Work continues on the Spooky House I will be moving into at the end of November. It actually has a name: the Grieve’s House, Grieve being a Scots word for a bailiff, or farm overseer. Having always considered myself more of a poacher than a gamekeeper this is quite the turnaround, but then when I first came here, about five or six years ago, I started daydreaming about giving up the London literary scene, and becoming a sort of apprentice groundsman, occasionally retiring to a shed to write an exquisitely poised feuilleton about the simplicity of rural life or some such poppycock. Now I don’t think living in the Grieve’s House will actually involve any duties as such; I won’t be collecting rents or pointing a gnarled stick at someone and saying “you there!”, but the thought hangs in the air, and it makes me smile.
As for the work that continues, it would seem I am being asked to do some of it. Last weekend, the Lady of the House got me and young R— to move a heavy rolled-up carpet, and then a heavy wooden table, from a utility room to the House, and by “heavy” I mean both “very heavy” and “unwieldy”.
Carrying the carpet was a nightmare but moving the table was worse. As we turned it round to get it through the door, its drawer fell out, and out popped a dusty copy of an old Escort magazine dating from 1994. I didn’t recognise it as being from 1994, my knowledge of this soft-core grumble mag (rhyming slang too rude for me to explain) being even scantier than the women’s clothing therein, but I examined it later, purely in the spirit of sociological enquiry.
Actually, sociological enquiry, as it turns out, is all it is good for, for although one does not want to be ungallant, the women in it are not the most enticing. In fact I am amazed that anyone, even in those days when lonely men were not as spoiled for choice as they are now, could have been aroused by the contents.
Anyway, I have no need for any such entertainment, as the Welsh Enchantress joined me again for the weekend. Again, she drove up nearly 500 miles. (And yes, it does make me think of that song.) I cannot begin to say how touched that makes me.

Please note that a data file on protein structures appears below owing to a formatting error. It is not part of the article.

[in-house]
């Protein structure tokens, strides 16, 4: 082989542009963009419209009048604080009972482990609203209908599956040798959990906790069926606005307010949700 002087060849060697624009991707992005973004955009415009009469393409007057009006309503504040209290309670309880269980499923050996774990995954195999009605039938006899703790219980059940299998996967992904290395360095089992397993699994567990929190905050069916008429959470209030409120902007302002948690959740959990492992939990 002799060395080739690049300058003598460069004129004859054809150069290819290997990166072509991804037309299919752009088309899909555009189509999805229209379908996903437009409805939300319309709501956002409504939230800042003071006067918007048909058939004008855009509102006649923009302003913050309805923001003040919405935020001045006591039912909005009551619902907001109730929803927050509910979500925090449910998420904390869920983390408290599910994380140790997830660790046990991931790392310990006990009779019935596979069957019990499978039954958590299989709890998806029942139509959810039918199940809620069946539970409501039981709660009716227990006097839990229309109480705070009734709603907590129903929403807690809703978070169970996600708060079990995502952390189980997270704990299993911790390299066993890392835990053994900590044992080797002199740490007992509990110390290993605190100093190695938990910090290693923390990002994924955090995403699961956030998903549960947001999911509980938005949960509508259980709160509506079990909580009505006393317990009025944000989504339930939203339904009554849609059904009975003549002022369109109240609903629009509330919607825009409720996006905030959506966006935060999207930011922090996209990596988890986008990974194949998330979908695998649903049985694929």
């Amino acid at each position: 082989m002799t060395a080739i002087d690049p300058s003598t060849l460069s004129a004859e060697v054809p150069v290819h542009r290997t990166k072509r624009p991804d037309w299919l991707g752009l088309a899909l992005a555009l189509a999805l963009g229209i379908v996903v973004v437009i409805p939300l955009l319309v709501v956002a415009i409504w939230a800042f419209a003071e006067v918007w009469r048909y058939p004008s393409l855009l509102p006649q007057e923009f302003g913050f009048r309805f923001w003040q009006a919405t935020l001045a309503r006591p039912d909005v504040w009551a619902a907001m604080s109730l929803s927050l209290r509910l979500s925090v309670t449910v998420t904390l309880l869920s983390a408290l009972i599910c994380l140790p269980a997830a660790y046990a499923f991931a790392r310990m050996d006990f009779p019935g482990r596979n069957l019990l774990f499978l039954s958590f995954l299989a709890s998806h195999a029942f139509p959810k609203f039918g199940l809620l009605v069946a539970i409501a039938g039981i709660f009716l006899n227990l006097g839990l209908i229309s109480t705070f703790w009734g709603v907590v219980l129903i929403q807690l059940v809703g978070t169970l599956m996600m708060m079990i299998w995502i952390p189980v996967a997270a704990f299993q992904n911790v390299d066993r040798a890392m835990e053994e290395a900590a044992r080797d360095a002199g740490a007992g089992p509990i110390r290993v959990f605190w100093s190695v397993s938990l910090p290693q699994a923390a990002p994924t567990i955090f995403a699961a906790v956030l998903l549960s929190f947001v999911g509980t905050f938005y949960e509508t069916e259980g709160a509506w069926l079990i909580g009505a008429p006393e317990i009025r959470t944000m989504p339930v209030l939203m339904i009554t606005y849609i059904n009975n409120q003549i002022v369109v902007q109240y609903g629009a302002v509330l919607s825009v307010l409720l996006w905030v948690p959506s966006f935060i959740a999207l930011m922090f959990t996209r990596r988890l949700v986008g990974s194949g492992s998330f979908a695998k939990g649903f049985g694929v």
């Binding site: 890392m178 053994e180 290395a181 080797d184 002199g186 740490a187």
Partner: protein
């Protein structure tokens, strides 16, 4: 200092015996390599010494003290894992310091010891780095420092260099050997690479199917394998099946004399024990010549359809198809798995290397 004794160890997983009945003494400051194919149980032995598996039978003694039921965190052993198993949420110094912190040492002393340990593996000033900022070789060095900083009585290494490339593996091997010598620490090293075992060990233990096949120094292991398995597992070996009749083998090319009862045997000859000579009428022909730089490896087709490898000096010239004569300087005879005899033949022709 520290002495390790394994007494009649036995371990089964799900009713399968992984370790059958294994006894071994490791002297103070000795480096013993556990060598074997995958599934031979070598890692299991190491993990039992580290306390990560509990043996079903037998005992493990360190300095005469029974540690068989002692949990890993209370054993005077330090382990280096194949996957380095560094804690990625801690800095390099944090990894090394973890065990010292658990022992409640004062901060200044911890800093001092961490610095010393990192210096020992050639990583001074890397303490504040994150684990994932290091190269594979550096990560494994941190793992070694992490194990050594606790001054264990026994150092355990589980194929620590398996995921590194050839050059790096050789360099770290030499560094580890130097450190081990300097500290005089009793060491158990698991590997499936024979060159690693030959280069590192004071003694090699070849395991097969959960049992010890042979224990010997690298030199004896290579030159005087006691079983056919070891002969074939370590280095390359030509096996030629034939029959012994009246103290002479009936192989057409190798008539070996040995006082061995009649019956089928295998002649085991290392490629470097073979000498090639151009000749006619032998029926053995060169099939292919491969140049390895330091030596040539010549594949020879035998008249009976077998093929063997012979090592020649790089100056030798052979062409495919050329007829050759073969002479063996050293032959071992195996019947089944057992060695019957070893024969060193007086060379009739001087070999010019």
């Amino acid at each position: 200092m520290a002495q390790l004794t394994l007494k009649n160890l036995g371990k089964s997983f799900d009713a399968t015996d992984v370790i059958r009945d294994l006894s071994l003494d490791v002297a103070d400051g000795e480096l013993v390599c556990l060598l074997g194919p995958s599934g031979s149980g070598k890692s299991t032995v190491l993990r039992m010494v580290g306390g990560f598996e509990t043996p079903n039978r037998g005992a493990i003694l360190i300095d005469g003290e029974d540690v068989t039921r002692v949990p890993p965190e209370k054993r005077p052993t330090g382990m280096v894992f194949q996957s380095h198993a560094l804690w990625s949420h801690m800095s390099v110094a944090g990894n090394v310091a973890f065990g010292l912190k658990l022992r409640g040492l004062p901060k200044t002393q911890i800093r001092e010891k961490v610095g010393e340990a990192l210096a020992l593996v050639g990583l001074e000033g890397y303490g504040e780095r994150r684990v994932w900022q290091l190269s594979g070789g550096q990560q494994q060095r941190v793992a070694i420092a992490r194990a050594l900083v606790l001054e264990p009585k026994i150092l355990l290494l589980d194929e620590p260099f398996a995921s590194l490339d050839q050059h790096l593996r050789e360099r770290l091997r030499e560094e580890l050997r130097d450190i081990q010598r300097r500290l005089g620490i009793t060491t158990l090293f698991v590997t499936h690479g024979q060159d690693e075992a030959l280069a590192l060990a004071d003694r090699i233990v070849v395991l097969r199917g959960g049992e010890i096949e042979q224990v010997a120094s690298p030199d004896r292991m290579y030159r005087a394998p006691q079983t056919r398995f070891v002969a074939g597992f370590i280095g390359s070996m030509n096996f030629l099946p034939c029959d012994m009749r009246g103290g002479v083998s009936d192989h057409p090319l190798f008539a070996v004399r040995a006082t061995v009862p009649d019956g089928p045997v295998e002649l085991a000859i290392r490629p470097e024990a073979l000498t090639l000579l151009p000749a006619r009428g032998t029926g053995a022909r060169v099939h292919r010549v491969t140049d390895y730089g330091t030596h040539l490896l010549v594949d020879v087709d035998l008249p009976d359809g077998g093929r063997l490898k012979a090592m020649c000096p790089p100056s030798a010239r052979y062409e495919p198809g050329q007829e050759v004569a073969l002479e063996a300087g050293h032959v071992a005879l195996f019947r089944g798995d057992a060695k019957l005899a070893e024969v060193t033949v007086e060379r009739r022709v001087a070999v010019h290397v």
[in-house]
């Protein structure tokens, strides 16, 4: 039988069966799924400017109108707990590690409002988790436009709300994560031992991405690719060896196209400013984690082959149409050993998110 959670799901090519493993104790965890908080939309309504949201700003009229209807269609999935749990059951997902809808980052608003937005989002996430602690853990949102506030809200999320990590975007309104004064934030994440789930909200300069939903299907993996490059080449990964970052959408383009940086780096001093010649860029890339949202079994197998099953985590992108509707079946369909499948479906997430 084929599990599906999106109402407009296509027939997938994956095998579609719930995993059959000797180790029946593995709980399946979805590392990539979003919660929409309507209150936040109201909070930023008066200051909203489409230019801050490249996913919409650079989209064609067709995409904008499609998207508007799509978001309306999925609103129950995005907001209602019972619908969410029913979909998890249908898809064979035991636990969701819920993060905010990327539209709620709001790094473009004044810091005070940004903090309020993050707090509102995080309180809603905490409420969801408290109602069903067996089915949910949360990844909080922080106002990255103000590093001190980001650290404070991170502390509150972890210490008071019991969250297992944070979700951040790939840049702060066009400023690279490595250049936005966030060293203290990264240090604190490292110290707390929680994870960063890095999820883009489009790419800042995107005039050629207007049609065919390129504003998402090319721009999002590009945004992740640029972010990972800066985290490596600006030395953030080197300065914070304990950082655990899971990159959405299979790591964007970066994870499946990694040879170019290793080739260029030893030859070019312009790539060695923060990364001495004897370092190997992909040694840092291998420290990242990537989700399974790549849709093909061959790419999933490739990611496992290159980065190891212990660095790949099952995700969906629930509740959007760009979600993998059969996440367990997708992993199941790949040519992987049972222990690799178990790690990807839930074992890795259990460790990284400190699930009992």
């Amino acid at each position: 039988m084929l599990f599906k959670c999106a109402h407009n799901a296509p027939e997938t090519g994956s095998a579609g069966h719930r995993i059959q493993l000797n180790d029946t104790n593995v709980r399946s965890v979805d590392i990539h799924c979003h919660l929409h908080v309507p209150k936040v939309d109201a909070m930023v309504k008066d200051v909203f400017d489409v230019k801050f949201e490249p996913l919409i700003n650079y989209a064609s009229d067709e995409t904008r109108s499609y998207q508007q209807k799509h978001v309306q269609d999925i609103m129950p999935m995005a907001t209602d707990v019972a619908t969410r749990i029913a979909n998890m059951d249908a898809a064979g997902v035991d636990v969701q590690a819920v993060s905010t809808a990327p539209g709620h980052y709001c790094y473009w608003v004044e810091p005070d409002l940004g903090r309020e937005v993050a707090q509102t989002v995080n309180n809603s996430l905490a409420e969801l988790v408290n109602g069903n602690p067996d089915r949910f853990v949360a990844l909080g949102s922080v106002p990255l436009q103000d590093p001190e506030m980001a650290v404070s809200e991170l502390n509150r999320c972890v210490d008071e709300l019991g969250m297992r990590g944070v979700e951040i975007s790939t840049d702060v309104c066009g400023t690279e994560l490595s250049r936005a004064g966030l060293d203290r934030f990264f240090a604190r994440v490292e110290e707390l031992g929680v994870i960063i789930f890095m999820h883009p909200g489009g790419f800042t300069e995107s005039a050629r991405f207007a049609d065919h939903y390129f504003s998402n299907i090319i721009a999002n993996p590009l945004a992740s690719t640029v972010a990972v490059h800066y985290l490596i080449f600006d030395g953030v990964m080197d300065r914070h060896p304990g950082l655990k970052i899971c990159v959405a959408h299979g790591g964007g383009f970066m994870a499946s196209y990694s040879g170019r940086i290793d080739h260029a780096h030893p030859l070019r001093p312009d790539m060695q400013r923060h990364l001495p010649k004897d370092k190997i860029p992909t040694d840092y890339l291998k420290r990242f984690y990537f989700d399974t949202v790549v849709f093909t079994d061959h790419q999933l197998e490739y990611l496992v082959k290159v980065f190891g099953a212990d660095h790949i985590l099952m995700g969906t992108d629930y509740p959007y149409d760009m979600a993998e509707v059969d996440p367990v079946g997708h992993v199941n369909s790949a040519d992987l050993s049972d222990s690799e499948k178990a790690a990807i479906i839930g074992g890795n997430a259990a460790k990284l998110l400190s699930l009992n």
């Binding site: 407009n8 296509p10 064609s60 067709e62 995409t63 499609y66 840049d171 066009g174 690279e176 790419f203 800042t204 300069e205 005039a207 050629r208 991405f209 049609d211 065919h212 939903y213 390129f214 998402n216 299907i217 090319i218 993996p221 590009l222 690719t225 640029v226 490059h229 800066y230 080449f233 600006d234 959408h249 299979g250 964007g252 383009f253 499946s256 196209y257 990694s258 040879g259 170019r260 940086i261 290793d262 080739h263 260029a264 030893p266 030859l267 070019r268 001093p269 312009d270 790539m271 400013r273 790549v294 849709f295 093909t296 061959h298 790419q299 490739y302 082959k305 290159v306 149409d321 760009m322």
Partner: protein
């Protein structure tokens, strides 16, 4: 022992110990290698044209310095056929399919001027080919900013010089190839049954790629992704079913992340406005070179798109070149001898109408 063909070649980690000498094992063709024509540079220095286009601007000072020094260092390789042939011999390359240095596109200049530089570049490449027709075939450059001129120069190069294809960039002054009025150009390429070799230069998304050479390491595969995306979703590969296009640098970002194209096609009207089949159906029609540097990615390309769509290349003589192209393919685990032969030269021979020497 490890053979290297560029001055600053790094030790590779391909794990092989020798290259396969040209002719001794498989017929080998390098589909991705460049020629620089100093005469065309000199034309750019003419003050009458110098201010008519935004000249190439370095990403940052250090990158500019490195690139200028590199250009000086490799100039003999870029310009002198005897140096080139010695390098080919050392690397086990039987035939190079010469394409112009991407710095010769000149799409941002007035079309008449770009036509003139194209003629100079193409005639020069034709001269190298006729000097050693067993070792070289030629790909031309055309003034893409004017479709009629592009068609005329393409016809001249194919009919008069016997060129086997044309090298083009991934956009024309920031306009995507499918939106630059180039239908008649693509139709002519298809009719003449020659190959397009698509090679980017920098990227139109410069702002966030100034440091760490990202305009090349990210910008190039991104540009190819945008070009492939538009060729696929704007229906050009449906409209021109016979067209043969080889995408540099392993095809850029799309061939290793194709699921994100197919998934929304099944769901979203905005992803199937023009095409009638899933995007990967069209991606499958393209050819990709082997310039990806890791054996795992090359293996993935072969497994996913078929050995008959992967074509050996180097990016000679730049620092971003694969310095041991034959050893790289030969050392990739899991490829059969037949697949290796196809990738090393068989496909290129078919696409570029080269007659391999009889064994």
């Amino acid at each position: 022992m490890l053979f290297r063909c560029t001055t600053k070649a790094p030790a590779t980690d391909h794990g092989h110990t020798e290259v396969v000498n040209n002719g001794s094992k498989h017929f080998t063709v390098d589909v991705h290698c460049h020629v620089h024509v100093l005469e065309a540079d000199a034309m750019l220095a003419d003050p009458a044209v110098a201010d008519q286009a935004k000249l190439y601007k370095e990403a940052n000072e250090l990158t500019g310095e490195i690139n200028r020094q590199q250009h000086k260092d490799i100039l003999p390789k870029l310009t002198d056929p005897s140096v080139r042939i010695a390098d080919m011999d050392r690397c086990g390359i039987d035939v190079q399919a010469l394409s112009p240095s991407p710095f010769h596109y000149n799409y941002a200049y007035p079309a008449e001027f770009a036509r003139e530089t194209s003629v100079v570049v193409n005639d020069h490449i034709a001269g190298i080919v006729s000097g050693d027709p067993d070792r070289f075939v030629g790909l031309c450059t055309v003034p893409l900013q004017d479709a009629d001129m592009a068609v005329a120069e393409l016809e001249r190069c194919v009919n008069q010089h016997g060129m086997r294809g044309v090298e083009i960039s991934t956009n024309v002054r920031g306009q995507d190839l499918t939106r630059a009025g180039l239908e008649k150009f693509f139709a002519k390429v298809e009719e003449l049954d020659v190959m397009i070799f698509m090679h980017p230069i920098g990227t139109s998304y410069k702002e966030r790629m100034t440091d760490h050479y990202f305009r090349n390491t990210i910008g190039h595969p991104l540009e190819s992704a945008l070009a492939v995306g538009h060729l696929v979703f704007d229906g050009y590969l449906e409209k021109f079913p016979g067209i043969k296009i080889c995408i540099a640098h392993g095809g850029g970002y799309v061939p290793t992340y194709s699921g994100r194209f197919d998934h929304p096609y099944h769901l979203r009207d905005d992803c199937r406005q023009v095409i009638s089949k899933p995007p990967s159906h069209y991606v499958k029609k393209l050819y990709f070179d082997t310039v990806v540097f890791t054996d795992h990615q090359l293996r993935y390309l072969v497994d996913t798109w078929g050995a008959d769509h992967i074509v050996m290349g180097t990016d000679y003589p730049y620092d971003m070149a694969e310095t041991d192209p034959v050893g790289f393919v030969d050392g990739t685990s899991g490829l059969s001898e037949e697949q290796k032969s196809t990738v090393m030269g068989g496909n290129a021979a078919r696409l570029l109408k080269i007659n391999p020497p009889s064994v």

Seeing how she was putting herself out for me so much, I agreed to a request from her, which involved me popping into Boots in Blairgowrie because what she wanted me to get was not the kind of thing I wanted to get in the nearest chemist, because the nearest town is about the size of a hall carpet and once I bought what she wanted me to get, word would get about, and people would point at me and snigger – even though there is no shame in this (well, OK, quite a bit) and I do not, as it happens, have a problem in that particular area. It’s just that I’m not as young as I was, and sometimes I drink ever so slightly more wine in an evening than the government recommends I should, so a sort of belt and braces approach is, I was told, advisable.
So I gave Kelly a lift back into town that day and she asked me what I was up to in Blair (that’s what the town is called here – I like saying it too, as it makes me feel like a local). I said I had to go to the chemist, and then I realised that she was giving me a look which was roughly along the lines of “but there’s a much nearer chemist”, and so I stammered something about the chemist in Alyth not stocking what I wanted, which was blatant garbage, so I made things rather worse for myself, but not as bad as I did when I went into Boots and found her standing at the prescription counter. I ran away, but not before she waved at me. I went in the next day, wearing a false moustache.
I tried this thing I was asked to get for the sheer hell of it, even though I do not have a problem in that particular area, and one of the more remarkable side-effects it had was – and I can put it no better than this – an increased flow of blood to the brain.
The Welsh Enchantress drove back on the Sunday morning and I was left at something of a loose end, so I actually started writing, which is unusual for me on any day of the week except filing day for this magazine, and even then it’s sometimes unusual.
By the end of the day, I had about 2,500 words down, not all of them bad. I repeated this feat (not the words, the feat) the next day, and the next, and what with one thing and another I ended up with 8,000 words of prose, every one of them a gem, which, I have just learned, has been accepted for publication by the first people I sent it to.
Whether I can put it down to this thing I got at Boots I am not sure. I wonder if it will help me at picking up tables, because they are bastard-heavy things, tables. I shall stick to writing, and being a Grieve.
This article appears in the 31 Oct 2018 issue of the New Statesman, The Great War’s long shadow